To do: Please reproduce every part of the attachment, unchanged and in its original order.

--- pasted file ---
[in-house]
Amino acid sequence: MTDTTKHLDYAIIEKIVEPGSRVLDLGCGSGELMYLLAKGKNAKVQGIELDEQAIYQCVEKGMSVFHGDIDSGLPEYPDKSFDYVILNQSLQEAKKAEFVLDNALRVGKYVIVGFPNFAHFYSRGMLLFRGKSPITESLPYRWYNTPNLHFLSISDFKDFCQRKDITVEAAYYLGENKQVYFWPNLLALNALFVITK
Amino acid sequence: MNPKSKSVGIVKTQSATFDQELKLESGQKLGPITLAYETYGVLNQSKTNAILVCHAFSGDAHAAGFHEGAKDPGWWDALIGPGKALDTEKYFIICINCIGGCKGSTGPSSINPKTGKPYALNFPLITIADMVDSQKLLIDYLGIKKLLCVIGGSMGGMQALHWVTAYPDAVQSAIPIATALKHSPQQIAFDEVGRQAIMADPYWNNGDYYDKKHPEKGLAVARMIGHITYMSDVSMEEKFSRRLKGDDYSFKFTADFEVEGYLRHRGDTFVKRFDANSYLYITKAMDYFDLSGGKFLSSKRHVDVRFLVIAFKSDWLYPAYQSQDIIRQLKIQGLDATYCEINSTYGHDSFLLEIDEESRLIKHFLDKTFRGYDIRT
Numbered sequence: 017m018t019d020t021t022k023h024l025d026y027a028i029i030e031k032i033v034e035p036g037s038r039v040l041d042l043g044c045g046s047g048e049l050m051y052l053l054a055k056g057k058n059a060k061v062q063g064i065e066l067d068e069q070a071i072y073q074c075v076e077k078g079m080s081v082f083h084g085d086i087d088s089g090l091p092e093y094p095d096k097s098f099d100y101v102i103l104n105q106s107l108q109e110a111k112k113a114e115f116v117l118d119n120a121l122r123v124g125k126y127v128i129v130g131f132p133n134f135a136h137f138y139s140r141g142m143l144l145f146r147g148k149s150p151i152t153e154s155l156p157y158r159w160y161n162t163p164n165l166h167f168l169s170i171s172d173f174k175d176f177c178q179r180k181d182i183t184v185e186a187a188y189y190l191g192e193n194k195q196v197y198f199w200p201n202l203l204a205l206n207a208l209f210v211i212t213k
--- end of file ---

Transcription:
[in-house]
Amino acid sequence: MTDTTKHLDYAIIEKIVEPGSRVLDLGCGSGELMYLLAKGKNAKVQGIELDEQAIYQCVEKGMSVFHGDIDSGLPEYPDKSFDYVILNQSLQEAKKAEFVLDNALRVGKYVIVGFPNFAHFYSRGMLLFRGKSPITESLPYRWYNTPNLHFLSISDFKDFCQRKDITVEAAYYLGENKQVYFWPNLLALNALFVITK
Amino acid sequence: MNPKSKSVGIVKTQSATFDQELKLESGQKLGPITLAYETYGVLNQSKTNAILVCHAFSGDAHAAGFHEGAKDPGWWDALIGPGKALDTEKYFIICINCIGGCKGSTGPSSINPKTGKPYALNFPLITIADMVDSQKLLIDYLGIKKLLCVIGGSMGGMQALHWVTAYPDAVQSAIPIATALKHSPQQIAFDEVGRQAIMADPYWNNGDYYDKKHPEKGLAVARMIGHITYMSDVSMEEKFSRRLKGDDYSFKFTADFEVEGYLRHRGDTFVKRFDANSYLYITKAMDYFDLSGGKFLSSKRHVDVRFLVIAFKSDWLYPAYQSQDIIRQLKIQGLDATYCEINSTYGHDSFLLEIDEESRLIKHFLDKTFRGYDIRT
Numbered sequence: 017m018t019d020t021t022k023h024l025d026y027a028i029i030e031k032i033v034e035p036g037s038r039v040l041d042l043g044c045g046s047g048e049l050m051y052l053l054a055k056g057k058n059a060k061v062q063g064i065e066l067d068e069q070a071i072y073q074c075v076e077k078g079m080s081v082f083h084g085d086i087d088s089g090l091p092e093y094p095d096k097s098f099d100y101v102i103l104n105q106s107l108q109e110a111k112k113a114e115f116v117l118d119n120a121l122r123v124g125k126y127v128i129v130g131f132p133n134f135a136h137f138y139s140r141g142m143l144l145f146r147g148k149s150p151i152t153e154s155l156p157y158r159w160y161n162t163p164n165l166h167f168l169s170i171s172d173f174k175d176f177c178q179r180k181d182i183t184v185e186a187a188y189y190l191g192e193n194k195q196v197y198f199w200p201n202l203l204a205l206n207a208l209f210v211i212t213k